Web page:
Art of the Middle East Study Tour to Istanbul
During break week (21-28 October 2019), Dr. Maryvelma O’Neil led the ISTL 1000 Art of the Middle East course on a study trip to Istanbul. Jose Murillo, computer major from Costa Rica, described the city as “a gem located between Europe and Asia, which truly merits the title of crossroads of the world.” During tutorial sessions in the hotel, Jose taught students how to digitally map major monuments, such as the Hagia Sophia and Topkapi Palace.
Ashli Sartorelli, American/Swiss psychology and photography major, credited the “fantastic tour guide” for making the culture and history of Istanbul come alive. In that spirit, she enthusiastically explored the city with classmates. “We shopped in the maze-like Grand Bazaar and indulged in a Turkish bath/massage at the famous Çemberlitaş hamam,” she said.
Students also gained first-hand knowledge about Art of the Middle East at the Archeological Museum, Kilim carpet emporium, Museum of Turkish and Islamic Art, and major mosques. After visiting Suleymaniye Camii, masterpiece of Ottoman architect, Mimar Sinan the Great, the group enjoyed his favorite fare, kuru fasulye, plump white beans in a spiced tomato sauce at a popular restaurant nearby. At dusk the students crossed the Golden Horn by ferry to the ancient port of Kadikoy, on the Asian side of Turkey, for a group dinner at a lively local fish establishment.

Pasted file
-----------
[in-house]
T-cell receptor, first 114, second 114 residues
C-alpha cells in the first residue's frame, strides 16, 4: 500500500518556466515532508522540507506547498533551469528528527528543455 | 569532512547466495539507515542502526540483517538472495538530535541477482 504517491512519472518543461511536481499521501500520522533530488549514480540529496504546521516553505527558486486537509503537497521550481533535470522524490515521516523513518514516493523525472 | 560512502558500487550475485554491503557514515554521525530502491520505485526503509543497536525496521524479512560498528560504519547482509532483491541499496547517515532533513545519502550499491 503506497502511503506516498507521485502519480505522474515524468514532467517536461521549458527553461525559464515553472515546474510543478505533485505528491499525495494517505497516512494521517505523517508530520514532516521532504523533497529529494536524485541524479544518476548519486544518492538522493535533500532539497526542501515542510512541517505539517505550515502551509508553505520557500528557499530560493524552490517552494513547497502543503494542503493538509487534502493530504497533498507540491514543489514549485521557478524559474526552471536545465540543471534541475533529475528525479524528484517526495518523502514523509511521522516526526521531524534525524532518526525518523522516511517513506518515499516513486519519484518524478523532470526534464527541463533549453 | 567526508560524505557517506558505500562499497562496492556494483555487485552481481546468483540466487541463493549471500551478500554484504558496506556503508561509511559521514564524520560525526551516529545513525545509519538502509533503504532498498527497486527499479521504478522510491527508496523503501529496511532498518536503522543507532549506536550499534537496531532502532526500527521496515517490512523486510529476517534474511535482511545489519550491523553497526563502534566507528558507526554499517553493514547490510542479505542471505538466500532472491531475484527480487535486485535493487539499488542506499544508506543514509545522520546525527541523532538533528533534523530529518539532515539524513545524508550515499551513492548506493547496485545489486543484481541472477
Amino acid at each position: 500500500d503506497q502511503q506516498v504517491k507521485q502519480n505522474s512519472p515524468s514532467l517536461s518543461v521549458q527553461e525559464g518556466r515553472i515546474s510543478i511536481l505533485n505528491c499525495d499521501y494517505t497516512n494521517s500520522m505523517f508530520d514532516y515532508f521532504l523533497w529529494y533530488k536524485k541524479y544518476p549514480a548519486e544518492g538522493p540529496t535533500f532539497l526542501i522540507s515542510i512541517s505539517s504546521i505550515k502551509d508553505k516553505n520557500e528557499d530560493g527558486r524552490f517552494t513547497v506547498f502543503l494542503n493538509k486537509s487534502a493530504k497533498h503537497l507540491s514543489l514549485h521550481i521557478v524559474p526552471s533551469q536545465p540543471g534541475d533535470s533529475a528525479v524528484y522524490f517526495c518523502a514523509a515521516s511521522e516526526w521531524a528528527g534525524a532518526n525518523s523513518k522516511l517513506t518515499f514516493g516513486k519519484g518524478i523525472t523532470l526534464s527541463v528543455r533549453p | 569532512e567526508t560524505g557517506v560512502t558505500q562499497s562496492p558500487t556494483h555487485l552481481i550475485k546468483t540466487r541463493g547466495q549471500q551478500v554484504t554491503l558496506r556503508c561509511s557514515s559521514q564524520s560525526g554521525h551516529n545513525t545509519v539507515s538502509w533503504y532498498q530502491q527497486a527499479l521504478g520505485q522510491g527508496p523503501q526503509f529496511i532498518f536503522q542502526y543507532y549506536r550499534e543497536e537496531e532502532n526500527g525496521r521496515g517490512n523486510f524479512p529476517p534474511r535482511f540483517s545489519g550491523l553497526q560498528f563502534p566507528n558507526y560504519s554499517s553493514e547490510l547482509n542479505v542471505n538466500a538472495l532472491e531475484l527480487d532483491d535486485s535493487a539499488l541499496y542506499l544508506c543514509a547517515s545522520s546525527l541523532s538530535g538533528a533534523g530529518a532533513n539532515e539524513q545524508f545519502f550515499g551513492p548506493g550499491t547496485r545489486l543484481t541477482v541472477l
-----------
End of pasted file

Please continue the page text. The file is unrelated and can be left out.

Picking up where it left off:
The grand finale was an evening boat cruise along the Bosphorus, the Strait that made Constantinople City of the World’s Desire. Its legendary wealth was due to east-west cultural and economic exchanges. Trade and tolerance brought many peoples to the city where they co-existed in a peaceful pluralism. As Jose Murillo stated, “The mixture of cultures that have shaped Istanbul gives hope for peace among different religions today.”